Passing the question of the formation of the partnership and directing our attention to the suit for the recovery of money due under the common count, respondent concedes that during the period of their business relations the gross revenue from the business was the sum of $119,3 16.13. He then deducts from this total the sum of $23,600, which represents the revenue estimated on the basis of $200 per week for the period of 218 weeks upon which no commission was payable. He then gives the sum of $95,746.13 as the gross revenue upon which appellant was entitled to a commission of five per cent, amounting to $4,787.30. The payment of $15 per week for the period of 118 weeks is conceded to be $1,770. The total of these two sums is $6,557.30, to which appellant would be entitled for the entire period under respondent's theory of the case. (Through a mathematical error the respondent gives this figure as $6,478.81.) The respondent then contends that the appellant actually received the sum of $6,346.62 for his services during this period. In arriving at the amount of the gross revenue of the business respondent takes the amount shown by deposit of money in the bank only and omits therefrom all mention of cash actually received and divided between the parties at various times during the period of employment. He also omits the amount of business on hand on July 20, 1920, which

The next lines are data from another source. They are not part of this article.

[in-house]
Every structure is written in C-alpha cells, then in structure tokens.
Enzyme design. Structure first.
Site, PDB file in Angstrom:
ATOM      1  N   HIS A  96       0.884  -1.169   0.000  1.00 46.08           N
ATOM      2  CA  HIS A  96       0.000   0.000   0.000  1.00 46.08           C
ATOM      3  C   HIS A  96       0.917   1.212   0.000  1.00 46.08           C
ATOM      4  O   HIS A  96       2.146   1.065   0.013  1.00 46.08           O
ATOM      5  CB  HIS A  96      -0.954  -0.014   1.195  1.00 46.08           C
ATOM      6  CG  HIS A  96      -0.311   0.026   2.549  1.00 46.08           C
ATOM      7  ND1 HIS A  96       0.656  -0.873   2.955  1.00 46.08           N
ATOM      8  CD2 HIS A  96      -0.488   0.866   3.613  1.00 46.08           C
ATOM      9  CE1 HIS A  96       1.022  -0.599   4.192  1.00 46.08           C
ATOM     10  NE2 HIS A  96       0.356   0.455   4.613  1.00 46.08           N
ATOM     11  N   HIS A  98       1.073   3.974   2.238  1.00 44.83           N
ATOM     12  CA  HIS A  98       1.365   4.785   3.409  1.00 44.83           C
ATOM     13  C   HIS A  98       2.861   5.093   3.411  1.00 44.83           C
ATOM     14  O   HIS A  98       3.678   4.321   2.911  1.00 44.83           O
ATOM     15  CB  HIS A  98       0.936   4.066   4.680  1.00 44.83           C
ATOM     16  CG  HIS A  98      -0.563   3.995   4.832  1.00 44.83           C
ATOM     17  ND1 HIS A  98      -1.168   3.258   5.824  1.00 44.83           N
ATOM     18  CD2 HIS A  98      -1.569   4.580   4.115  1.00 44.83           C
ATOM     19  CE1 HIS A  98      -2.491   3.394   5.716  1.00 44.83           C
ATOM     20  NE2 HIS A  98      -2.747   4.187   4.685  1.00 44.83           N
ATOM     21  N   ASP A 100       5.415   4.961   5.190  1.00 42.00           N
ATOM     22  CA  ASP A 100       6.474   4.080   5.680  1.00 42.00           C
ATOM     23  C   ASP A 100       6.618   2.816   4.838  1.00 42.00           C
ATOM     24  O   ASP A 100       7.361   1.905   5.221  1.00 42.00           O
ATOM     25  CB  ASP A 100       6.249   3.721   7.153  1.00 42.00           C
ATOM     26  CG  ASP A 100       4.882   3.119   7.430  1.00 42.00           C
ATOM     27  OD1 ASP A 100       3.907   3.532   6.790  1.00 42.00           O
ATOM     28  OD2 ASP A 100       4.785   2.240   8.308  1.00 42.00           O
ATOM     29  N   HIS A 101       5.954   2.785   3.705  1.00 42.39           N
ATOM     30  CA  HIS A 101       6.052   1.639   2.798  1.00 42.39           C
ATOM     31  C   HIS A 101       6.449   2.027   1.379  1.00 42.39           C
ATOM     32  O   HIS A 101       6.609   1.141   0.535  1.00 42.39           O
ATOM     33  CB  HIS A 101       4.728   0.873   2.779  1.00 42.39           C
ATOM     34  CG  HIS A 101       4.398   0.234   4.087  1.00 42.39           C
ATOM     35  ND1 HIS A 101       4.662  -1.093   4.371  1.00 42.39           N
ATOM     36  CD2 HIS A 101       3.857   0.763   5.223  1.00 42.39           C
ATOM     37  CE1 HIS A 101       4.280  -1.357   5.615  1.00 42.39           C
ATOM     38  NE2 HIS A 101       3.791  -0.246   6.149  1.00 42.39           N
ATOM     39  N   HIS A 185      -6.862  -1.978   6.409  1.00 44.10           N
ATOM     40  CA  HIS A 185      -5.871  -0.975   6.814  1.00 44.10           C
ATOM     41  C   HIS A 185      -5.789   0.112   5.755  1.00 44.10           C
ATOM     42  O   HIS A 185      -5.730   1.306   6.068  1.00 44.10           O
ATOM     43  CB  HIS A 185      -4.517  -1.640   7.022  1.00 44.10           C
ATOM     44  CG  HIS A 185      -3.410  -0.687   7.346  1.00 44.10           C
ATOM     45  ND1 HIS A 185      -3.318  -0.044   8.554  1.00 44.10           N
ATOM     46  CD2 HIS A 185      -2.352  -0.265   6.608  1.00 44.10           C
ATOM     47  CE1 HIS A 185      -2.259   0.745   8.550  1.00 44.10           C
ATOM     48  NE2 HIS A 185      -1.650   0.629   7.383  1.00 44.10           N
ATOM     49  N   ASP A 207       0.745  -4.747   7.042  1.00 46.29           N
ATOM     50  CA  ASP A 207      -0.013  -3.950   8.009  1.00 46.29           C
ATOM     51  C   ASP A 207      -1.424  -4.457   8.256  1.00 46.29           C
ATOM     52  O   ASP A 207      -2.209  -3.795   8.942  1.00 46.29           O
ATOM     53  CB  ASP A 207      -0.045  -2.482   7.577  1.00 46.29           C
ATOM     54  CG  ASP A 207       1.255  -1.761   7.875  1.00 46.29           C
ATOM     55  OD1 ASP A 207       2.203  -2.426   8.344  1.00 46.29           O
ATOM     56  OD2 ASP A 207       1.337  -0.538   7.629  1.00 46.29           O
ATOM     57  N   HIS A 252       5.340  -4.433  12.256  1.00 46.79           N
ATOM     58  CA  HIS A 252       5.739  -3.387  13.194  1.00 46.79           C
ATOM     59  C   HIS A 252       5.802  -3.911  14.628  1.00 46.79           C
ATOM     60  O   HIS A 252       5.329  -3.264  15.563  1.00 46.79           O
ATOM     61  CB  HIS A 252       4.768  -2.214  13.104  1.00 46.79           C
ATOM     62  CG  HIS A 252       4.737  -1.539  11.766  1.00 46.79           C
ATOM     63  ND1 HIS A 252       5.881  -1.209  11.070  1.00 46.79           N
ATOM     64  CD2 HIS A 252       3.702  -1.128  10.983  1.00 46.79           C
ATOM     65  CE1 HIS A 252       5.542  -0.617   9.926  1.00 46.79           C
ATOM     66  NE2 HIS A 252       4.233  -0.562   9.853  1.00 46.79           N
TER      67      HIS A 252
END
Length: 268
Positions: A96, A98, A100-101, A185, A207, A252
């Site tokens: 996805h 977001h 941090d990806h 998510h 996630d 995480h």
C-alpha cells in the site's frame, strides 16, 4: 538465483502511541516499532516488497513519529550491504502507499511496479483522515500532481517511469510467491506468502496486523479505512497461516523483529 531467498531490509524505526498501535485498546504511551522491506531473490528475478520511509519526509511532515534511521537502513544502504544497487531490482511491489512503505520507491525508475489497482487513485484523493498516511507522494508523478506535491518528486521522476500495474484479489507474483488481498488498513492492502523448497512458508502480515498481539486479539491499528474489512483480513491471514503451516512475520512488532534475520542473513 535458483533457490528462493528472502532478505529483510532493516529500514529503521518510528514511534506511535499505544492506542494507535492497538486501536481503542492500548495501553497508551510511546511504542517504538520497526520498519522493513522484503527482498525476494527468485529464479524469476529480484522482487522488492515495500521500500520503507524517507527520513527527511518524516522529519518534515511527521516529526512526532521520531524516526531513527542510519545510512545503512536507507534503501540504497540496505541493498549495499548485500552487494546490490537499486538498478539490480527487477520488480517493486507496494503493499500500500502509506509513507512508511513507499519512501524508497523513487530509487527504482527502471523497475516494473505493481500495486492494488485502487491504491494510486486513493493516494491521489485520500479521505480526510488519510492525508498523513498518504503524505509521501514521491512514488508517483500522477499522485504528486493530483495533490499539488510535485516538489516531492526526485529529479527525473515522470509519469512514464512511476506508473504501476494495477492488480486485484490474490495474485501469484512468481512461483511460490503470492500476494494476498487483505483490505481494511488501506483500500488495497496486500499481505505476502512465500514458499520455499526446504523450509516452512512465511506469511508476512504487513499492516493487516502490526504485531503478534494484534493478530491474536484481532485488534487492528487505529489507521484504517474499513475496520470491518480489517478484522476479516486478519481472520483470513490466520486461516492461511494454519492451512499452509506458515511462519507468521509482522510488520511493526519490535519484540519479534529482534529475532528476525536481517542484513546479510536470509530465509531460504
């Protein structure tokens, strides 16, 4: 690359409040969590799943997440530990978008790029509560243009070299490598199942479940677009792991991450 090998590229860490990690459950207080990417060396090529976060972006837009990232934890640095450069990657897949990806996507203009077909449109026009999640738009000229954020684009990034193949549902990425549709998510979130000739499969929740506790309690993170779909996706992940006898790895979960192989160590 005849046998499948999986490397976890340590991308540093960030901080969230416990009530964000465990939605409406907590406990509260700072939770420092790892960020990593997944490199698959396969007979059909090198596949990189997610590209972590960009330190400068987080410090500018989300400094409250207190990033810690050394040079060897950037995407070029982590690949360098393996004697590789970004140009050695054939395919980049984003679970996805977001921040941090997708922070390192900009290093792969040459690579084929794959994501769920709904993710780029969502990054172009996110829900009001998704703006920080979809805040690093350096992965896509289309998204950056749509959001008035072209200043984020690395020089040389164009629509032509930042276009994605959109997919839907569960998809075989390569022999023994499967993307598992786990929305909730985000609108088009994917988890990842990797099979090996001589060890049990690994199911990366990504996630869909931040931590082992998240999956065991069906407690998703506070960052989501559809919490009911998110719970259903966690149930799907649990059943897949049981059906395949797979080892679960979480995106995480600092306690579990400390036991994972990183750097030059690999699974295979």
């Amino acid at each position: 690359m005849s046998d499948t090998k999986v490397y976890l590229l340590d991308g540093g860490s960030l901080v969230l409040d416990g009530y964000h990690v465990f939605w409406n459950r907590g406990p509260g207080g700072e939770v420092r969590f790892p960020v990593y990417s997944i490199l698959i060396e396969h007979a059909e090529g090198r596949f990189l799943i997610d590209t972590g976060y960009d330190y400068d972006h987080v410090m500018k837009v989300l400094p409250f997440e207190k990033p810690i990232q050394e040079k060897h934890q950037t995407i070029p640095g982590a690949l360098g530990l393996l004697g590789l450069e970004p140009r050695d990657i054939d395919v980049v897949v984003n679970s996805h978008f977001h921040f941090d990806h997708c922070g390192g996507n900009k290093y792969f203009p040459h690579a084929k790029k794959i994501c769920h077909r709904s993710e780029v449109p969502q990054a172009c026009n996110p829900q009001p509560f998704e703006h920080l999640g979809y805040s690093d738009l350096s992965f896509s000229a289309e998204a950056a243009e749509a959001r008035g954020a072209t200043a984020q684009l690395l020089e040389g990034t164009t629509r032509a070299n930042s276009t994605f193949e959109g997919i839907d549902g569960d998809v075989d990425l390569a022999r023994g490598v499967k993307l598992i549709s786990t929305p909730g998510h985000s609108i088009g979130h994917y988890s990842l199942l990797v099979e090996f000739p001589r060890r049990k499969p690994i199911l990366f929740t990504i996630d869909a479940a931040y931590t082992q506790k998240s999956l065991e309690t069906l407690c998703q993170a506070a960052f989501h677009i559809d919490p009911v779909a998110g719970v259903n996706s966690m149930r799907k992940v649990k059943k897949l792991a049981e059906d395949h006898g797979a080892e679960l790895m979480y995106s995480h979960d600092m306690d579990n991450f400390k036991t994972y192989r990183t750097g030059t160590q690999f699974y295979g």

was shown to be $4,000. Thus, upon the case made out by respondent, the appellant was entitled to a judgment in some amount.
 These calculations are all made on the basis of respondent's theory that the appellant was to receive five per cent commission on the gross business of the concern throughout the entire period of employment. But the only evidence offered was that this arrangement was for five per cent commission and expenses and that this was changed by murnal consent on June 19, 1919, so that appellant was to receive fifty per cent of the net profits instead of five per cent of the gross. Having proved the agreement by uncontradicted evidence, appellant was entitled to an accounting to determine the net profits. If it should then appear that he had re